Self-Management Behaviors and Quality of Life of Patients with Sickle Cell Disease in Oman.
Abdullah Al-Salmi – March 2018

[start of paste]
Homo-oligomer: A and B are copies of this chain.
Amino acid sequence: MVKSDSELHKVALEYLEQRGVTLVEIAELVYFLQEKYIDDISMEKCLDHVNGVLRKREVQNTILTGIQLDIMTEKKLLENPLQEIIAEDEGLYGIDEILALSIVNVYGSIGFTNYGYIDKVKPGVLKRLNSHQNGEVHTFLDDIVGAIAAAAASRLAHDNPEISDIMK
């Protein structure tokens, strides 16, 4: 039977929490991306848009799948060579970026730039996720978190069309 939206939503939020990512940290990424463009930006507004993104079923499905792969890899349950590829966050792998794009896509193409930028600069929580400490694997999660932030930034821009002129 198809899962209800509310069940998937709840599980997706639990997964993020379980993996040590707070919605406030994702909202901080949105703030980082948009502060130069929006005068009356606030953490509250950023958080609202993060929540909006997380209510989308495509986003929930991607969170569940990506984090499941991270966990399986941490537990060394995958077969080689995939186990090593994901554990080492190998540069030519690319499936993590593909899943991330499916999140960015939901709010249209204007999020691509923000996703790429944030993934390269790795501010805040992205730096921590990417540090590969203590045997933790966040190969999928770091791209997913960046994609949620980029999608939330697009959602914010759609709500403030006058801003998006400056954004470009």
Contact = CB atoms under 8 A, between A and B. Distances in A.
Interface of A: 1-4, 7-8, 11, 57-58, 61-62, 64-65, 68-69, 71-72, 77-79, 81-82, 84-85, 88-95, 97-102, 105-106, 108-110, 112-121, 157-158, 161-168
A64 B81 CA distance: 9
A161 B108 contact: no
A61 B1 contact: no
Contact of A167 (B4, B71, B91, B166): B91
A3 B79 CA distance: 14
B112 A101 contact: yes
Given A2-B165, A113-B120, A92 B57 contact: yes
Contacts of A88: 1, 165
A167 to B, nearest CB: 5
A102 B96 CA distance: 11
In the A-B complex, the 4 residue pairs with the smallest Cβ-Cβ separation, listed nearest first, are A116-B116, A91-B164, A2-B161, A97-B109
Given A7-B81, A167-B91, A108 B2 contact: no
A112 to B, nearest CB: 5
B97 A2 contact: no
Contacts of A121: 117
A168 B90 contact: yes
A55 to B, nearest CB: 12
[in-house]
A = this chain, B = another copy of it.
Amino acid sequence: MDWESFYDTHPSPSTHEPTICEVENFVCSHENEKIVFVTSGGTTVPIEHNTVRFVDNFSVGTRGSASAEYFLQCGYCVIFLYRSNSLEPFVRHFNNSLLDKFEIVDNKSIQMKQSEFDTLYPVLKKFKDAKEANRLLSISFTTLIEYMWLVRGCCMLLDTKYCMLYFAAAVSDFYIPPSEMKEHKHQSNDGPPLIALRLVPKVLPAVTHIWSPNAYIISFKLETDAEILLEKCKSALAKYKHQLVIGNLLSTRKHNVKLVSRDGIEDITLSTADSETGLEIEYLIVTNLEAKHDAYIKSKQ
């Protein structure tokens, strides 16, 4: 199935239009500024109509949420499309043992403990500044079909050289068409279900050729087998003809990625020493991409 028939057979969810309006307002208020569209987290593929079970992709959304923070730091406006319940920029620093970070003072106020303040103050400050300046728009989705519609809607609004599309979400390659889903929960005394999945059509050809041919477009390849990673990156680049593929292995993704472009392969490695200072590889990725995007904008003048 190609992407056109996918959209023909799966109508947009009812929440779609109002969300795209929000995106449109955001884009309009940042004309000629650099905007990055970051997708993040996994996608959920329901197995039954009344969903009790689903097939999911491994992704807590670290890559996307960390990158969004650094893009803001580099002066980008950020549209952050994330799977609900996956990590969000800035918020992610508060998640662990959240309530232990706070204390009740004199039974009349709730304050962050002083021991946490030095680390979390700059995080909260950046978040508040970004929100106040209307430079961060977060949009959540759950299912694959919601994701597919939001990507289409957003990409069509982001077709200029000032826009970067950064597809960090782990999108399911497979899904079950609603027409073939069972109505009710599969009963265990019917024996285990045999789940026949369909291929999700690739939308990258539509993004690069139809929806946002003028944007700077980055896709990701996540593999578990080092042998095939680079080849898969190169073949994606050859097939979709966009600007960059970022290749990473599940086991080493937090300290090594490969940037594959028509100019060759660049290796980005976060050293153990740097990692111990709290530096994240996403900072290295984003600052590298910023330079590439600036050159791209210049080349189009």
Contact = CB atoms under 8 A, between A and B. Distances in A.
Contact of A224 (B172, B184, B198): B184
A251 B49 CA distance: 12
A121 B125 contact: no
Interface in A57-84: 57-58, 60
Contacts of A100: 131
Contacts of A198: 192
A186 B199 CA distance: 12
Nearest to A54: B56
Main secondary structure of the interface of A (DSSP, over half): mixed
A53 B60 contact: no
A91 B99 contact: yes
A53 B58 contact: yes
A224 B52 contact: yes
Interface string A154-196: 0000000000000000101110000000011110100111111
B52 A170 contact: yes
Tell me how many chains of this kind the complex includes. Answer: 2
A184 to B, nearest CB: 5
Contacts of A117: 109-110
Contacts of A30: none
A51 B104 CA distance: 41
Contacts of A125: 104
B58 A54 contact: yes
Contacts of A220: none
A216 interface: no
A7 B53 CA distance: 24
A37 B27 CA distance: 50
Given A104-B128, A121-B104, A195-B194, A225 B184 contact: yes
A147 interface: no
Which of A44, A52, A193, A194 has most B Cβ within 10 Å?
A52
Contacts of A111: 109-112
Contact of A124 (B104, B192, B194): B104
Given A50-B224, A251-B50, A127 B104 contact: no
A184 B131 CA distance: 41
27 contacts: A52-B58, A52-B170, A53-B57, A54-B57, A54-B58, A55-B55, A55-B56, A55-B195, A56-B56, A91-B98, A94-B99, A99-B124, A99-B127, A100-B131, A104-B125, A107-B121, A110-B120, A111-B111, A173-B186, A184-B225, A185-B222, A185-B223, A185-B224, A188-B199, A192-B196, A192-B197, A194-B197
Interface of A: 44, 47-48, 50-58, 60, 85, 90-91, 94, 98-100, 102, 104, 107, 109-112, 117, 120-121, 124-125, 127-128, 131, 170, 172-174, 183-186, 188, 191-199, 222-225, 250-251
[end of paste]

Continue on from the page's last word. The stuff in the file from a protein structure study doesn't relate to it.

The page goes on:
Many individuals in the Sultanate of Oman are affected with sickle cell disease (SCD), a hereditary chronic disease. The purpose of this quantitative descriptive cross-sectional study was to explore the SM behaviors and the quality of life (QOL) of adult patients with SCD in Oman. A convenience sample of 199 patients with SCD was recruited from eight Ministry of Health hospitals. Results indicated that the participants moderately perceived themselves as effective self-managers of their disease and perceived their QOL as poor in the physical domain, good in the psychological domain, very good in the social relationship domain and fair in the environment domain. Statistically significant positive but weak correlations were identified between age and scores in the psychological domain of WHOQOL-BREF scale (r = .183, p = .01). Participants with secondary and post-secondary levels of education perceived significantly better QOL than those of primary education level (p = .002, p = .001; respectively). Significant but weak correlations were identified between the perceived SM behaviors, and physical, psychological, and environment domains of WHOQOL-BREF scale (r = .194, p = .006; r = .363, p < .001; r = .388, p < .001; respectively). Similar correlations were also identified with the general perception of QOL and health (rs = .266, p < .001; rs = .231, p = .002; respectively).